MONTREAL – For more than a century, the Moisie Salmon Club has been among the continent’s most exclusive fishing destinations, a 10-kilometre stretch of river reserved for its wealthy American members.
Anglers reportedly pay annual dues running to six figures to fish the choice Moisie River pools and swap tales over fine food and wine in the lodge. At the airport in nearby Sept-Îles, Que., the June arrival of private jets carrying CEOs and high-powered lawyers is a sign that salmon season has opened.
But on Saturday, members saw their tranquillity broken as a flotilla of boats from the Innu reserve of Uashat mak Mani-utenam motored upstream, caught and cooked a salmon from the private waters and planted the Innu flag on an island across from the lodge.
The Innu claim the private club — known as the Adams Camp after its founder, Boston industrialist Ivers Adams — is on land taken from them, and they want it back.
“We raised the flag to say this is unceded Innu territory,” said Jean-Claude Therrien Pinette, director of the rights and land protection office at Uashat mak Mani-utenam, about 900 kilometres northeast of Montreal.
In addition to eating the salmon, the protesters pulled up to the lodge to read out a declaration affirming their ownership of the waters and shoreline.
Therrien Pinette said his people want to have control over what is acknowledged to be the prime fishing location on the 410-kilometre river, reputed for the size and abundance of Atlantic salmon that return there to spawn.
“We’ve been left with the worst parts of the river, and the rich American big-shots have the best spots. We also want access to the territory,” he said, adding that the Innu would be happy to run a lodge welcoming wealthy Americans.
For the club, the Innu claim is another instalment in the long battle to protect a cherished stretch of the Moisie. In the 1960s, Quebec nationalists began pressuring the province to open up private lakes and rivers to all anglers, but while many private leases were eventually ended, the Moisie Salmon Club survived because it was able to prove ownership.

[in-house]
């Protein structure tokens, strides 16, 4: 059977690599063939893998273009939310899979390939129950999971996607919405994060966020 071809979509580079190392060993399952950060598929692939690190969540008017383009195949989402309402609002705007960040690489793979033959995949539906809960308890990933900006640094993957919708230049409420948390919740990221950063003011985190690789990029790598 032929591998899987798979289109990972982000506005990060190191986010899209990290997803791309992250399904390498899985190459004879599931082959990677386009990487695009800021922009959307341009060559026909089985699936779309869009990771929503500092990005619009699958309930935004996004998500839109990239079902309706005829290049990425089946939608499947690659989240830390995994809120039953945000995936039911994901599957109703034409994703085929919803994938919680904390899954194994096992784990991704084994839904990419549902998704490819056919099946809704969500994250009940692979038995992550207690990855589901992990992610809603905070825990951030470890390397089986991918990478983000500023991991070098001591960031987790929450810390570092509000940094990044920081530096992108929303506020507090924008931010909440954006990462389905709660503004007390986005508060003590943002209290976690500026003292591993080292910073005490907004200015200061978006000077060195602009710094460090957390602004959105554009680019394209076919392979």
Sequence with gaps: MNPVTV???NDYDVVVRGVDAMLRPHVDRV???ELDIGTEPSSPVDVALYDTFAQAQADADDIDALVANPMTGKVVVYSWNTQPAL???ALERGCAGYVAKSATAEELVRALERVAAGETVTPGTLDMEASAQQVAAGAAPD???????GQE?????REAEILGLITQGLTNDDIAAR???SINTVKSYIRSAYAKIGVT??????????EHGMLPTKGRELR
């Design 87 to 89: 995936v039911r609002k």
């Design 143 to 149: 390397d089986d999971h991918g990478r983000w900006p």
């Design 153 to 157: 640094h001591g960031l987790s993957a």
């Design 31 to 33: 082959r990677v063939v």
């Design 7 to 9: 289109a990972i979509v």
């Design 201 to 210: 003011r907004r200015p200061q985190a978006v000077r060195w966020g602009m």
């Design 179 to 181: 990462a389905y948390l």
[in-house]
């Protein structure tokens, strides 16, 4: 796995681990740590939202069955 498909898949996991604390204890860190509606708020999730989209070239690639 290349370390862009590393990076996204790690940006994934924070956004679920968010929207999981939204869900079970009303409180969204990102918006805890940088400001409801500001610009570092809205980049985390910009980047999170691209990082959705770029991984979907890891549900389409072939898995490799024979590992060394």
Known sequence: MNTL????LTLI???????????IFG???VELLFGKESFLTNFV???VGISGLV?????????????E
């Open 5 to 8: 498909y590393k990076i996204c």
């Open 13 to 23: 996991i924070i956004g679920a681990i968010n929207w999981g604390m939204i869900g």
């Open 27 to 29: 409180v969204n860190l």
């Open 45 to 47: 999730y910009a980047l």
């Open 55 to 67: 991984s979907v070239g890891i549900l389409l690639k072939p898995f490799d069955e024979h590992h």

In the 1990s, a Hydro-Québec project that would have reduced the river’s flow and threatened salmon stocks was shelved following opposition from conservationists.
Yvan Létourneau, the club’s general manager, said he would fear for the salmon if management of the waters were turned over to the Innu.
“They’ve done that on a lot of rivers on the North Shore (of the St. Lawrence River), rivers where there are no more salmon today,” he said. “They are fishing for food. We do almost all catch and release.”
Létourneau said the exclusive club is a benefit to the region, hiring 50 local employees, some of them Innu. He said the club injects $700,000 into the local economy every year through salaries and purchases.
He said club president Donald Christ, a Manhattan lawyer, had a cordial meeting with the band council last week to discuss their claim. But the Saturday protest grew a little more heated as the Innu fished “all over” and stirred up waves. After planting the flag, they told club members: “Hands off. If you touch it, it won’t be good for you guys,” Létourneau said. “We left it there. We don’t want to start a fight.”
In the declaration read to club members, the Innu said they seek to preserve their “sacred connection” to the salmon, which they call utshashumek. They say they are committed to conserving the fish and its habitat. They said they do not recognize the club’s ownership, and they asserted aboriginal title.
Geoffrey Kelley, the Quebec minister responsible for native affairs, said the government takes the Innu claim “very seriously” and is working to set up a meeting with Innu leadership.
The goal would be to establish a shared management of the river, he said.
“I’m very respectful of the fact that there is a First Nation right to traditional activities, and the Innu have been fishing salmon on that river since time immemorial, so that’s something that has to be taken into consideration,” Kelley said.
“The presence of this club is a historic reality as well, which I imagine brings some dollars into the local community and provides some work. … I’m always confident that if we sit around the table we will find a peaceful way forward.”